by Scot Nakagawa, National Gay & Lesbian Task Force Fight the Right Director
The issue of limiting civil rights, freedom of expression, and democratic participation has become the single most divisive and loudly debated issue of our time. A right wing movement, formed as part of a society-wide backlash against New Deal economic policies and the gains of the Civil Rights movement, has taken the lead in organizing against the most fundamental principles of democracy Q equal protection, equal participation, and self-determination. A central theme of this movement is that in post-Civil Rights movement America, minorities are claiming "special rights," signalling a need to return to "traditional family values."

The effectiveness of this movement can already be measured in terms of compromises in welfare and abortion rights; right wing takeovers of school boards; passage of "Official English" measures in Colorado and Florida; the Bush Administration's attacks against the 1990 Civil Rights Restoration Act; the ideological composition of our federal courts; and numerous other changes in the social, cultural, political, and economic life of our society. In every arena, all signs seem to point to the rising power of the right.

Throughout the country, much of the debate over democratic participation and equal protection has centered on the issue of gay and lesbian equality. The gay rights controversy has become the wedge issue of the right wing. Using this wedge as a point of entry, right wingers are infiltrating mainstream institutions, raising money, and building a base of power that will ultimately serve a much broader political agenda that only begins with dismantling many of the gains of the civil rights movement.

1992 was a critical year in the development of the right wing movement. In that year we saw the right wing launch a national test of a strategy for building institutional power by championing heterosexism. Right wing groups in Maine, Florida, Oregon, and Colorado put on a populist fade and organized ballot measure campaigns aimed at amending state and municipal civil rights codes to make gays, lesbians and bisexuals second-class citizens.

Portland, Maine

Right wing activist Jasper Wyman and the Christian Civic League of Portland organized the Concerned Portland Citizens "People's Veto" campaign. The goal of the campaign was to repeal a city human rights ordinance extending civil rights protection to gays, lesbians, and bisexuals. The themes of the anti-gay campaign were "Stop Special Rights for Homosexuals," "Protect Your Family," and "Protect Your Freedom to Choose."

Concerned Portland Citizens argued that while Portland gays and lesbians made claims of widespread discrimination and violence motivated by anti-gay bias, "statistics do not indicate a higher incidence of homosexuals among the unemployed or homeless. Existing criminal laws protect all citizens from acts of violence. Homosexuals really seek special government endorsement of their sexual behavior."

Concerned Portland Citizens used a very typical right wing tactic of claiming that gays and lesbians use hyperbole, money, and exaggeration to manipulate government into granting "special rights." By making gays and lesbians out to be the ultimate tyrants of "Political Correctness," the right wing has tapped into populist rebellion against the specter of civil rights activists as "Big Brother."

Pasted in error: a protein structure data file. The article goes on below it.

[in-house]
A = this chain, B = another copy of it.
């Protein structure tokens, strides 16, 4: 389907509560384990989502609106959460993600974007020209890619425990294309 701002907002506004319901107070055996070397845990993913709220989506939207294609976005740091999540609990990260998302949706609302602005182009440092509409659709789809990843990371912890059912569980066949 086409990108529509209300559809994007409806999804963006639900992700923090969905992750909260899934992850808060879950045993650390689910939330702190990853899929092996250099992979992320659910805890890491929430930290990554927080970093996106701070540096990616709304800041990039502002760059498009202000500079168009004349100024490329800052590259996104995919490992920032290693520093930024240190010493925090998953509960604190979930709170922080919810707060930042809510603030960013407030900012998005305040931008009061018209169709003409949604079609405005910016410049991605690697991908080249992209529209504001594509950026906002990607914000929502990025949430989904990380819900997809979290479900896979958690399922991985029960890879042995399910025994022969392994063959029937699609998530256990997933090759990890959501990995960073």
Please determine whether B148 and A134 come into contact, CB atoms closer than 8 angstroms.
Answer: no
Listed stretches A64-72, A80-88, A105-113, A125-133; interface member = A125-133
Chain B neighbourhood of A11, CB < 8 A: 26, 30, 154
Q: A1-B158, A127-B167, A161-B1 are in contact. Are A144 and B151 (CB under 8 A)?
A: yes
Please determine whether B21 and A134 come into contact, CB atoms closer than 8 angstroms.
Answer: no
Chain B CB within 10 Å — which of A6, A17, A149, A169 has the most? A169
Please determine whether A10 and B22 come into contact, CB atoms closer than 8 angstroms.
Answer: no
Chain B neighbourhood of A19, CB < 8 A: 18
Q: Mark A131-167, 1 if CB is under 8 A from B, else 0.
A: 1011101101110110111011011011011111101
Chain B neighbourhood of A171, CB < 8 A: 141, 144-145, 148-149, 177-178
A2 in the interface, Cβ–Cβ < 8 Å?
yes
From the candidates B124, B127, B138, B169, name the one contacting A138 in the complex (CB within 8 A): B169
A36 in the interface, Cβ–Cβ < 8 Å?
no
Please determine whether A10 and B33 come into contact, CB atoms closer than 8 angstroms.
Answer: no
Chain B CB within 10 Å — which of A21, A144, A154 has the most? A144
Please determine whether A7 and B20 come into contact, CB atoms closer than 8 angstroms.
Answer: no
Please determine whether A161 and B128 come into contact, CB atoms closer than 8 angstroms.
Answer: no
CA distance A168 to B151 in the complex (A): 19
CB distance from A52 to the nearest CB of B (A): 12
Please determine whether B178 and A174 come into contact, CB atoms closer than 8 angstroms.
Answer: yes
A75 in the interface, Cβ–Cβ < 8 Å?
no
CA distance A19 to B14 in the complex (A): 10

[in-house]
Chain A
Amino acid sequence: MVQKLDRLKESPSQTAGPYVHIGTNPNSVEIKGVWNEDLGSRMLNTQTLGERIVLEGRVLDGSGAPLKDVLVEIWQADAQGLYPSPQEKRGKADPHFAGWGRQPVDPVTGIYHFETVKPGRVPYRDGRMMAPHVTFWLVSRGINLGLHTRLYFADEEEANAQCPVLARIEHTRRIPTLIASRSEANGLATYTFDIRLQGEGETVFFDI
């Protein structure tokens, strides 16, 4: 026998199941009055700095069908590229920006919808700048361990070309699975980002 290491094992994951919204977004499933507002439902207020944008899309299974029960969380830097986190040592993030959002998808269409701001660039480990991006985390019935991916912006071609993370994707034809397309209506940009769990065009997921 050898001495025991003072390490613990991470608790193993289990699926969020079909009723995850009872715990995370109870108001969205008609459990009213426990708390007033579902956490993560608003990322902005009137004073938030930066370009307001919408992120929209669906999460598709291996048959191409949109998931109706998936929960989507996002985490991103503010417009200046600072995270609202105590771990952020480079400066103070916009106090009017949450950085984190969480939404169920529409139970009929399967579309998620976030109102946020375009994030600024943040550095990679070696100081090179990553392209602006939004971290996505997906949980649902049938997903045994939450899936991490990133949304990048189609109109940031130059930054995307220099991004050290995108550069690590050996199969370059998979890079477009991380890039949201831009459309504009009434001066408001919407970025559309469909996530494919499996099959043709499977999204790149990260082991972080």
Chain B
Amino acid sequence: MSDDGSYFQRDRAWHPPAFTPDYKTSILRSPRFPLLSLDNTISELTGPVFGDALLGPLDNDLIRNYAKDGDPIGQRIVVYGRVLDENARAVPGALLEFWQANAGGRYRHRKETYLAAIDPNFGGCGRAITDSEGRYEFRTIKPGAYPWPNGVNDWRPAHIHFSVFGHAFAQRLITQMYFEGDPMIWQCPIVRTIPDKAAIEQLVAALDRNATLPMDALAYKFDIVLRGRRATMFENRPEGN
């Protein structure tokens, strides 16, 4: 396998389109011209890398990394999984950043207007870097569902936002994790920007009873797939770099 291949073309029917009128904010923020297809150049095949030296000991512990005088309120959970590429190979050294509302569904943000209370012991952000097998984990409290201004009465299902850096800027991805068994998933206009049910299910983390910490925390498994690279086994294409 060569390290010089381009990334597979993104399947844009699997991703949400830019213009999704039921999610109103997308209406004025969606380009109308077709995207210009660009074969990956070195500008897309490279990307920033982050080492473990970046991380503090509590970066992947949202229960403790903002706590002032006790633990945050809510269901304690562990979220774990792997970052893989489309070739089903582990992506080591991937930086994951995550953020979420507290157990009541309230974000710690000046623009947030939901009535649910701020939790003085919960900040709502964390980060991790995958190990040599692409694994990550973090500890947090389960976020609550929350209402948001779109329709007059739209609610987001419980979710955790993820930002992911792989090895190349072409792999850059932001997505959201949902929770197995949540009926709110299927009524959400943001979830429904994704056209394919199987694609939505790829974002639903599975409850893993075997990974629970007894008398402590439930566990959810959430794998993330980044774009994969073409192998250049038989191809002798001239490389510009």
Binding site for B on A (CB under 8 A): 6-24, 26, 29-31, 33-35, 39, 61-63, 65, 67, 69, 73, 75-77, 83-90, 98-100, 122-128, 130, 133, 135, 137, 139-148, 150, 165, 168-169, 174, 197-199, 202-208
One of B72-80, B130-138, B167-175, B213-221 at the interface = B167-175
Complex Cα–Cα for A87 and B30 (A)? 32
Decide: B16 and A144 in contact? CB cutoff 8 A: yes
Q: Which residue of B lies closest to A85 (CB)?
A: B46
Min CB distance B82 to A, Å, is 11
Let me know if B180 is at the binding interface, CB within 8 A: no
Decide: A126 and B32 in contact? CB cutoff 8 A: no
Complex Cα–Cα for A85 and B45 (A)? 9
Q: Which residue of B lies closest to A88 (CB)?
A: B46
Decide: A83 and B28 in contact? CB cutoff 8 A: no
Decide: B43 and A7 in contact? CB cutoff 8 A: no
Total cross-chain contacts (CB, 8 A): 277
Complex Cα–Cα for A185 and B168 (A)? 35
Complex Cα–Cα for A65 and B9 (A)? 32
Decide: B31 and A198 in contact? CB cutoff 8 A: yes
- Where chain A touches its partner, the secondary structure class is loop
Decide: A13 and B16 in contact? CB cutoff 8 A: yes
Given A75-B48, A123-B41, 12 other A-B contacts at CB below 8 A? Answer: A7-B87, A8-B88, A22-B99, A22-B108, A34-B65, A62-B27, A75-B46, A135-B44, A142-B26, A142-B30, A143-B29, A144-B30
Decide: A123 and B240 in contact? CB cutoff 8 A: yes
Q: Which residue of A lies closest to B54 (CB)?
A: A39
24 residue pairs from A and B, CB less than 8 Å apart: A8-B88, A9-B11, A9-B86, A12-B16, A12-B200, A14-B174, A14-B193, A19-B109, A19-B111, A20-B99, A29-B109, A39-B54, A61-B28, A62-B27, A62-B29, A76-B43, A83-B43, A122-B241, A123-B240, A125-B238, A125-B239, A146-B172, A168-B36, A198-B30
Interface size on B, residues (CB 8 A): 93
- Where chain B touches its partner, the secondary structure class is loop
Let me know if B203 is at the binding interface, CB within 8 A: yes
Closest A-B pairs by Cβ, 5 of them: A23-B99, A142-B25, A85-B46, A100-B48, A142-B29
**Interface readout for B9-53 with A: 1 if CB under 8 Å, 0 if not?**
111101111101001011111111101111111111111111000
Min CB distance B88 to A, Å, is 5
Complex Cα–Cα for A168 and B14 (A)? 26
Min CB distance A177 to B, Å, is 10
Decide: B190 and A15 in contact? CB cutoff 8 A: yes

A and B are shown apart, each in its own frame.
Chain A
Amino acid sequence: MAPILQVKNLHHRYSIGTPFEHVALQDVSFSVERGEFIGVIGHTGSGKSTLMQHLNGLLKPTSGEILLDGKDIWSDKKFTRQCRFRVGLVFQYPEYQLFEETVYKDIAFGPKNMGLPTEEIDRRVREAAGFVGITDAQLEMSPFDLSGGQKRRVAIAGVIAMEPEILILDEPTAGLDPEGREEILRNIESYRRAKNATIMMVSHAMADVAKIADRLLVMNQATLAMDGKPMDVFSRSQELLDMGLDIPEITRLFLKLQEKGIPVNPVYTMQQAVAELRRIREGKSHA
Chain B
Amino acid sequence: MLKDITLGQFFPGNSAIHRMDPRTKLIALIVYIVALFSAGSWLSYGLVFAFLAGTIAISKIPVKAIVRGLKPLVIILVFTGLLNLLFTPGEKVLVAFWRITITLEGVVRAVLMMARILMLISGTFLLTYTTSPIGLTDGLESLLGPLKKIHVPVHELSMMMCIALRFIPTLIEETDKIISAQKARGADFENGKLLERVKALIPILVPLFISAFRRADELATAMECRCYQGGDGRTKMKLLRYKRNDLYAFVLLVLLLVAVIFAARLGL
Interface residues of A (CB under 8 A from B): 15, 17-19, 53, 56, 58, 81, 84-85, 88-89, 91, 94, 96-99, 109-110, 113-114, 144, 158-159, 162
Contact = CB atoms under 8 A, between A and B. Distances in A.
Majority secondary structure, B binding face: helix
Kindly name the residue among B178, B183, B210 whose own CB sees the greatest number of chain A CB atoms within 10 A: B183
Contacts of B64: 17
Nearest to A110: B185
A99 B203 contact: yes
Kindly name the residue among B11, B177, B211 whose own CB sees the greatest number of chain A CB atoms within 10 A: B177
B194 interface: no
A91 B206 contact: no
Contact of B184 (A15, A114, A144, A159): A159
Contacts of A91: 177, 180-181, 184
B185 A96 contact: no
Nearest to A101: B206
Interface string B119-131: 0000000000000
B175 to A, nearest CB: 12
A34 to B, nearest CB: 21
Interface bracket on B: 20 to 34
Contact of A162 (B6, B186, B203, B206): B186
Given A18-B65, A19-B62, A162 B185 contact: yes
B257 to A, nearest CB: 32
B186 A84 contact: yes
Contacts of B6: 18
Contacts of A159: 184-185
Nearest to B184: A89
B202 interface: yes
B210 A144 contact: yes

Portland human rights activists responded by organizing the Equal Protection/Portland campaign which successfully defended the city's human rights ordinance. Using the theme "Vote No to End Discrimination in Portland," the group defeated the anti-gay measure in all but 8 of Portland's 28 precincts.


In Tampa, Florida three right wing groups operating under the names Take Back Tampa, the Lot Committee, and Citizens for a Responsible Tampa joined forces to support a general election measure to repeal a local ordinance extending civil rights protection to gays and lesbians. In spite of valiant opposition from the Say No To Hate PAC, the measure won by a margin of 58% to 42%.

A late start and lack of funding forced the Say No To Hate PAC to run a campaign which used three mailings and free media to move the message, "Say No To Hate." In contrast, the proponents of the measure outspent Say No To Hate PAC 5 to 1 to fund an aggressive broadcast and direct mail campaign that emphasized the slogans "No Special Rights," and "Sodomy is not a civil right."

Polls conducted in Tampa just after the election reveal that 85% of those surveyed oppose discrimination against gays and lesbians in employment, and 81% oppose discrimination in housing. Those who disagreed with the ordinance repealed in the election said they believed the ordinance would give homosexuals access to children and special rights.

Currently, the Human Rights Task Force of Tampa, formed following the election, has organized a "Buycott" of Tampa businesses. The task force has assembled lists of businesses that support equal protection and are providing the guides to conscientious consumers.


In Oregon, the religious right wing Oregon Citizens Alliance (OCA) led a multi-level and multi-issue assault on civil rights and community values. During the course of the campaign year, the OCA initiated several petition drives to place questions on Oregon state and municipal ballots.

The OCA petitioned to place a measure on the ballot that required a voter mandate of all tax and fee increases in Oregon. While the measure seems to democratize the system of taxation, it would, in reality, seriously damage local government. The initiative failed to receive enough signatures to qualify for placement on the ballot.